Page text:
How to Handle That Dreaded Question & Answer Period
© 1998 LJL Seminars
http://www.ljlseminars.comMany presentations today are followed up with a question and answer period. To some people this can be the most exciting part of the presentation. To others it can be their worst nightmare. In fact, there are some presenters who purposely avoid the question and answer period all together. Below I have provided a 5 step approach to handling questions along with some additional tips to make your next question and answer session go smoother.
- Listen to the entire question
Listen to the entire question BEFORE you begin to answer any questions. Too many people start responding to a question before the entire question is even asked. Not waiting to hear the entire questions can result in you providing a response which had nothing to do with the question. Force yourself to LISTEN to the entire question and make sure you understand the question.
- Pause and allow yourself time to value the question and listener. REPEAT the question out load so the entire audience can hear it. It is important that everyone “hear” the question or the answer you provide may not make sense to some of the people. By repeating the question, this will allow you some additional time to evaluate the question and formulate a response.
- Credit The Person for asking the question. You may say something like, “That was a great question” or, “Glad you asked that question” or even, “I get asked that question by many people”. One word of caution. If you credit one person with asking a question, be sure to credit EVERYONE for asking a question. You don’t want people to feel their question was not as important.
- Respond to the Question honestly and the best you can. If you do NOT know an answer to a question, do not try to fake it. Be honest, and tell them you do not know but DO promise to research the answer for them and DO get back to them.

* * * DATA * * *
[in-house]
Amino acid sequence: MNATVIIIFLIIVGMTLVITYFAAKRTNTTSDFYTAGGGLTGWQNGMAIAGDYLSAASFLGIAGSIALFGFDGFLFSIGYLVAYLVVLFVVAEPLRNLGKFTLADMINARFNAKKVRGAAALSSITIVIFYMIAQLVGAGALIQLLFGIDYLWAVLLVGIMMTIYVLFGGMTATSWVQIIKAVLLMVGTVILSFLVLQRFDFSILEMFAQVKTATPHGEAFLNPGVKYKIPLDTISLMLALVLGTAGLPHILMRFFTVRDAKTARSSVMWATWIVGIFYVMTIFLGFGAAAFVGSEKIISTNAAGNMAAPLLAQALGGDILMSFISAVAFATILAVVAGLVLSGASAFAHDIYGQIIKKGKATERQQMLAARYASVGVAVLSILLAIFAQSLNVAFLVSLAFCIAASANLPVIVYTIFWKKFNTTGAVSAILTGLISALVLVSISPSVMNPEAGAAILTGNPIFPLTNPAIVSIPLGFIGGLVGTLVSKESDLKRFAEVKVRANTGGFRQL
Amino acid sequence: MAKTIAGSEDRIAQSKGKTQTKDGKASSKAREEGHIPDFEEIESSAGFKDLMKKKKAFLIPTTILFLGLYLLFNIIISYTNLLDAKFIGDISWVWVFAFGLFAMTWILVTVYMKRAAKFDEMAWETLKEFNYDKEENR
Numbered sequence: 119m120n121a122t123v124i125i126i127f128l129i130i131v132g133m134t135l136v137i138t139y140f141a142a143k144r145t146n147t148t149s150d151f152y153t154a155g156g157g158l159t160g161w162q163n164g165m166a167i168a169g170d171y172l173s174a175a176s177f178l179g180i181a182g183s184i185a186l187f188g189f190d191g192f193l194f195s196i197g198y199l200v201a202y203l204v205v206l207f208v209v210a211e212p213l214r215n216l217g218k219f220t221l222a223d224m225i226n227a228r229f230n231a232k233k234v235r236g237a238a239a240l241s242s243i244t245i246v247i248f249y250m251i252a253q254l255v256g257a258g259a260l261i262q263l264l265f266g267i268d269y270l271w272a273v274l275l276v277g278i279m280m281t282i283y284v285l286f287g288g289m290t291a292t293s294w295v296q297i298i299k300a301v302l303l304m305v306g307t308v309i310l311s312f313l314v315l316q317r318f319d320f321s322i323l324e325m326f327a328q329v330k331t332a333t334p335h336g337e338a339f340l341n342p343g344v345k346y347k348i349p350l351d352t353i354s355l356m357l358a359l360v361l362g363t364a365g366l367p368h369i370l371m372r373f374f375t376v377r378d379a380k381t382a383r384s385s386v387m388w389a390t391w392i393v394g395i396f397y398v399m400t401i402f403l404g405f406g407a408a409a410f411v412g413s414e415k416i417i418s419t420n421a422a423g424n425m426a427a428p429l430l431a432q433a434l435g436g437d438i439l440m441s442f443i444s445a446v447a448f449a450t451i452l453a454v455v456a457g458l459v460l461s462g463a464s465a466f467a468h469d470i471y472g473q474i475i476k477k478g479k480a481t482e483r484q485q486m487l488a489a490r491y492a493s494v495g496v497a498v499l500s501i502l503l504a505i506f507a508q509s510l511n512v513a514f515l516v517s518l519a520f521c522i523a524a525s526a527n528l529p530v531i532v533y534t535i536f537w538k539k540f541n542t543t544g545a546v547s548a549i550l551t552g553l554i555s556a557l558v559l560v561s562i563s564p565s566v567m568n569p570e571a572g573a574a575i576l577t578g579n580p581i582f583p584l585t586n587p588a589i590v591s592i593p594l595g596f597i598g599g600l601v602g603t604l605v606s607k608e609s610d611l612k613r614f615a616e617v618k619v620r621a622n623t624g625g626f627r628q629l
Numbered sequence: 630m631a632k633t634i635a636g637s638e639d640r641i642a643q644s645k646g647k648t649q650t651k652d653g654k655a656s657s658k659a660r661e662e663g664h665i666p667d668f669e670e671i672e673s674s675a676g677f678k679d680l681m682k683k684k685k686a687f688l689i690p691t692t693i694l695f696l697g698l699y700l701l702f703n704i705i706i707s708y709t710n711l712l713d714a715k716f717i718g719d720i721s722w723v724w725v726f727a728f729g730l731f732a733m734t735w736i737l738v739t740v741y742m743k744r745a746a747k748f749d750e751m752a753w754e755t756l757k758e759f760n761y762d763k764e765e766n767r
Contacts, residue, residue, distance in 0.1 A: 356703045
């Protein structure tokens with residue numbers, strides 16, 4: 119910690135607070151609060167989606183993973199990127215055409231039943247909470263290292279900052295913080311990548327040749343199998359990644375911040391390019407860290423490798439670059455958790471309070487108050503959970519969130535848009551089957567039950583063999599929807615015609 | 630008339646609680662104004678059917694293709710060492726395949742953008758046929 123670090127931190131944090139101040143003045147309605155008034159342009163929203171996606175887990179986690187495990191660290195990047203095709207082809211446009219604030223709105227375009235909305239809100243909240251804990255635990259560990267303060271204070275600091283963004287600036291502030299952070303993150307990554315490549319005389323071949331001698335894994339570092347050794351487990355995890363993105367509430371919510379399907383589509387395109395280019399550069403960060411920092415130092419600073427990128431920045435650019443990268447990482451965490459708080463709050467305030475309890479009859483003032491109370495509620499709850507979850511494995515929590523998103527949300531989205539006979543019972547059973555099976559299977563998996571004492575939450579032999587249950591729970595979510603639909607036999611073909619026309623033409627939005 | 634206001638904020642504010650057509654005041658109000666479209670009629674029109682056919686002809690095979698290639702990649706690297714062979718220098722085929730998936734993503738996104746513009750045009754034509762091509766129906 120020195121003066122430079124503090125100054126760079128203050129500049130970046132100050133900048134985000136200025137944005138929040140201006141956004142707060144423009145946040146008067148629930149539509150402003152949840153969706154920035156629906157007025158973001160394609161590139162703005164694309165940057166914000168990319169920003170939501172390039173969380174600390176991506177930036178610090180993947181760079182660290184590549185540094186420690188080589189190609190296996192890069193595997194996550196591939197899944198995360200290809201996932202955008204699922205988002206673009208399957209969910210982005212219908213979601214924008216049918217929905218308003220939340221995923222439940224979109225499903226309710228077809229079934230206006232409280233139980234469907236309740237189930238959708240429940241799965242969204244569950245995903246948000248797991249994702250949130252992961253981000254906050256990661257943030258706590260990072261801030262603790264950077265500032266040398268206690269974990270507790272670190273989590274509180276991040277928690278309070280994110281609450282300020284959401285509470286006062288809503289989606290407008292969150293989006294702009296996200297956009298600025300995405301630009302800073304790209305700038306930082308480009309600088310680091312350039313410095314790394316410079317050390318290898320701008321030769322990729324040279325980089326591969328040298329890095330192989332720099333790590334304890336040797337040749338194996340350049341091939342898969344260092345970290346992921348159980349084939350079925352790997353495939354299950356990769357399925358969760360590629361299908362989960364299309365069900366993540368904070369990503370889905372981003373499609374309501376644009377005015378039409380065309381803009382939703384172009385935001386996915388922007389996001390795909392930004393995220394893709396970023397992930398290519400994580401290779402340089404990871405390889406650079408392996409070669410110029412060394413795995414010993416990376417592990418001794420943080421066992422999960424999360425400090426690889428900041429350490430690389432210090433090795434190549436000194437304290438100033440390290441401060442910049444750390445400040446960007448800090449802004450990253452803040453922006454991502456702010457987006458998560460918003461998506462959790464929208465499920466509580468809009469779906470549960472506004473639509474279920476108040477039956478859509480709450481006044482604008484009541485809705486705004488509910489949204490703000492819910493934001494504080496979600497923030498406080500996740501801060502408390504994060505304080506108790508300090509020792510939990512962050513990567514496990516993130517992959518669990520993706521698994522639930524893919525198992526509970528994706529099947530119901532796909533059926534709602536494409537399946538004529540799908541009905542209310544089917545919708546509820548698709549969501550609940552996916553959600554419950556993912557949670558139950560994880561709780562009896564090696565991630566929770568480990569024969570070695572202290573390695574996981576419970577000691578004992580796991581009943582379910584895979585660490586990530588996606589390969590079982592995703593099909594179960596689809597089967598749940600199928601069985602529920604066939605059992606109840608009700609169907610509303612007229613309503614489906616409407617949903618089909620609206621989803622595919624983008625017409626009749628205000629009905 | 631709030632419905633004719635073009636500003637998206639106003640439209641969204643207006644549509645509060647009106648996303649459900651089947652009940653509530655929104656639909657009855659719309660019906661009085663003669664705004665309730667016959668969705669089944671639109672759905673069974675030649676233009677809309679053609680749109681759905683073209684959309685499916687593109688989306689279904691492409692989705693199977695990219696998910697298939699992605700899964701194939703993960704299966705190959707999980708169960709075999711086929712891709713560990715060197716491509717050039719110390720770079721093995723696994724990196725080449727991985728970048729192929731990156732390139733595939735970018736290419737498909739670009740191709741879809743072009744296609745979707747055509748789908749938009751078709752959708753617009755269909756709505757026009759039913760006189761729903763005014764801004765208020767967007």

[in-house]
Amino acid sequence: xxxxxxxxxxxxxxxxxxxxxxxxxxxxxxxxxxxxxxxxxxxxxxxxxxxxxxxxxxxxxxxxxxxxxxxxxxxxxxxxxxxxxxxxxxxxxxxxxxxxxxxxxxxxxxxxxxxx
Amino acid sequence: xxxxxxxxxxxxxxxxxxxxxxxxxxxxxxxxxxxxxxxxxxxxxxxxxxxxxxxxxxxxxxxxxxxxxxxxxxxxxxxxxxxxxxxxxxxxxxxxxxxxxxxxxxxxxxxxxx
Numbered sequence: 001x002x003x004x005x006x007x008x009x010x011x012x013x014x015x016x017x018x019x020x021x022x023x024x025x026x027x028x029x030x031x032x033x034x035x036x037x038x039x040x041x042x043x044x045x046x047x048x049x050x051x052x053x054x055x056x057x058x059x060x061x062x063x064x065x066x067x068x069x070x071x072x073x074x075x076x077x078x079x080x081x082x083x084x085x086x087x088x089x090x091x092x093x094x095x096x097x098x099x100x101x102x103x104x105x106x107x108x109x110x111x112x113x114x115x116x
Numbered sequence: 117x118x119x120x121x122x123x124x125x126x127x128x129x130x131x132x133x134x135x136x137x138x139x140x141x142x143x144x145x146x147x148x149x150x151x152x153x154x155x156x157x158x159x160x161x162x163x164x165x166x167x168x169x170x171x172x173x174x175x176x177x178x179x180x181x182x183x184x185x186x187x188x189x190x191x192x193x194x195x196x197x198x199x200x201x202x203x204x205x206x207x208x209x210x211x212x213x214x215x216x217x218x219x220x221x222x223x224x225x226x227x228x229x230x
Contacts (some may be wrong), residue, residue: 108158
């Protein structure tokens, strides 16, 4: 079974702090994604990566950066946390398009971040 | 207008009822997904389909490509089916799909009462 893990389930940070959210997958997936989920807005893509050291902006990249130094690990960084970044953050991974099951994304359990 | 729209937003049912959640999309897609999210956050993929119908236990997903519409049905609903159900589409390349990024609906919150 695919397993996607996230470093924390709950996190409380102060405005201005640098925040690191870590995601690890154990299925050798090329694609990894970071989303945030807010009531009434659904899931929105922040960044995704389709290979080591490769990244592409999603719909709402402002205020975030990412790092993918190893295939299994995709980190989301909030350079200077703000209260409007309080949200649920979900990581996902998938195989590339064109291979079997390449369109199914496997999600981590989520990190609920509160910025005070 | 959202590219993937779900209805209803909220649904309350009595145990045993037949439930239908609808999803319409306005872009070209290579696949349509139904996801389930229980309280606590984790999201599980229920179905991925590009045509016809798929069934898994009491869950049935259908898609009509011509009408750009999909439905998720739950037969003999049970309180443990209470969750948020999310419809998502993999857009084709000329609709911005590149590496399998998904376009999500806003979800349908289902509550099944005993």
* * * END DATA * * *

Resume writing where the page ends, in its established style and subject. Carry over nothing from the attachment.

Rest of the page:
- Bridge to the next question by asking them a question. “Does that answer your question?”, “Is that the kind of information you were looking for?”. This is critical.. Once they respond to you, “YES” you now have permission to go on to the next person. This also gives them one more opportunity to say, “No” and allow them to clarify their question more by asking it again.
Additional Tips on Handling Questions
A. Ask people to stand up when they ask a question. This does two things: (1) It shows you more readily who is asking the question, and (2) It make it easier for the audience to also hear the question.
B. Have small sheets of paper available for people to write down their questions during your presentation. They may forget what they were going to ask earlier.
C. Allow people to pass the questions to you if they feel uncomfortable standing up and asking the question out loud. This gives the person who truly wants to ask a question an option.
D. Always repeat the question – this does three things: (1) it makes sure you understood the question, (2) it gives you a chance to value the question and think of an answer, and (3) it assures the other people in the audience can hear the question since you are facing them.
E. Always take time to think “before” you answer all questions. This allows you time to think, especially for those difficult questions. Do the same for those questions you readily know the answer for. Responding too quickly to those questions you are most comfortable with will only bring attention to those questions you do not.
F. Have a pencil and paper available for you to write down questions you can’t answer. You select someone to record the questions on paper. This way, you can properly follow up with the person who asked the question you couldn’t answer. Be sure to get their name & phone number or address. Promise to get back to them and DO get back to them.